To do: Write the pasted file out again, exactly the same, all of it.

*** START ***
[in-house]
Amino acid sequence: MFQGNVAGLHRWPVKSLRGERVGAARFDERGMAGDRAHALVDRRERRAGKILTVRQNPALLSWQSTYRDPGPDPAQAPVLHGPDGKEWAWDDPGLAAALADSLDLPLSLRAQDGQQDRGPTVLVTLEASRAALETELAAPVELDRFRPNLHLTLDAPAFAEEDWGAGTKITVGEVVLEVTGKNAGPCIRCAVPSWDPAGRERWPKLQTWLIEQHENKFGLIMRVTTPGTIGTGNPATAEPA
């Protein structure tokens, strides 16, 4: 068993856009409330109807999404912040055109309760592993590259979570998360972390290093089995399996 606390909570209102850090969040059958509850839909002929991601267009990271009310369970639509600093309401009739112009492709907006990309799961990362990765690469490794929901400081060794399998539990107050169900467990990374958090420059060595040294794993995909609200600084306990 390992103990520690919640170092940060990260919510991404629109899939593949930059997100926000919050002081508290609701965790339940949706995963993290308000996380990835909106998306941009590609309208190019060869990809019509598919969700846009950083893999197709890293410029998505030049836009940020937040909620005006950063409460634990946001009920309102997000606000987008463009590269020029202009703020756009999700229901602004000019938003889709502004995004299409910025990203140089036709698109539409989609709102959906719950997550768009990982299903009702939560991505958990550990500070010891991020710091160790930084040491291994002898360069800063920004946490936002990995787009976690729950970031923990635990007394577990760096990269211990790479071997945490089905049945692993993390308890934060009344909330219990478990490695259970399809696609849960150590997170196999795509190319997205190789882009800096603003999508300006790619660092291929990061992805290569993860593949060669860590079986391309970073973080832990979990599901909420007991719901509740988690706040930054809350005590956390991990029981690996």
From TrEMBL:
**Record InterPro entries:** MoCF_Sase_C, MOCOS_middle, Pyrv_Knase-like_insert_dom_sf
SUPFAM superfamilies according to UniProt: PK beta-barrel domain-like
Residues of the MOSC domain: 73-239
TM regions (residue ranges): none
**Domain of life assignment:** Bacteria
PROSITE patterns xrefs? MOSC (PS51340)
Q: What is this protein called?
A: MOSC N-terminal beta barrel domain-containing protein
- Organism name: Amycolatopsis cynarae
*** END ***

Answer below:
[in-house]
Amino acid sequence: MFQGNVAGLHRWPVKSLRGERVGAARFDERGMAGDRAHALVDRRERRAGKILTVRQNPALLSWQSTYRDPGPDPAQAPVLHGPDGKEWAWDDPGLAAALADSLDLPLSLRAQDGQQDRGPTVLVTLEASRAALETELAAPVELDRFRPNLHLTLDAPAFAEEDWGAGTKITVGEVVLEVTGKNAGPCIRCAVPSWDPAGRERWPKLQTWLIEQHENKFGLIMRVTTPGTIGTGNPATAEPA
């Protein structure tokens, strides 16, 4: 068993856009409330109807999404912040055109309760592993590259979570998360972390290093089995399996 606390909570209102850090969040059958509850839909002929991601267009990271009310369970639509600093309401009739112009492709907006990309799961990362990765690469490794929901400081060794399998539990107050169900467990990374958090420059060595040294794993995909609200600084306990 390992103990520690919640170092940060990260919510991404629109899939593949930059997100926000919050002081508290609701965790339940949706995963993290308000996380990835909106998306941009590609309208190019060869990809019509598919969700846009950083893999197709890293410029998505030049836009940020937040909620005006950063409460634990946001009920309102997000606000987008463009590269020029202009703020756009999700229901602004000019938003889709502004995004299409910025990203140089036709698109539409989609709102959906719950997550768009990982299903009702939560991505958990550990500070010891991020710091160790930084040491291994002898360069800063920004946490936002990995787009976690729950970031923990635990007394577990760096990269211990790479071997945490089905049945692993993390308890934060009344909330219990478990490695259970399809696609849960150590997170196999795509190319997205190789882009800096603003999508300006790619660092291929990061992805290569993860593949060669860590079986391309970073973080832990979990599901909420007991719901509740988690706040930054809350005590956390991990029981690996």
From TrEMBL:
**Record InterPro entries:** MoCF_Sase_C, MOCOS_middle, Pyrv_Knase-like_insert_dom_sf
SUPFAM superfamilies according to UniProt: PK beta-barrel domain-like
Residues of the MOSC domain: 73-239
TM regions (residue ranges): none
**Domain of life assignment:** Bacteria
PROSITE patterns xrefs? MOSC (PS51340)
Q: What is this protein called?
A: MOSC N-terminal beta barrel domain-containing protein
- Organism name: Amycolatopsis cynarae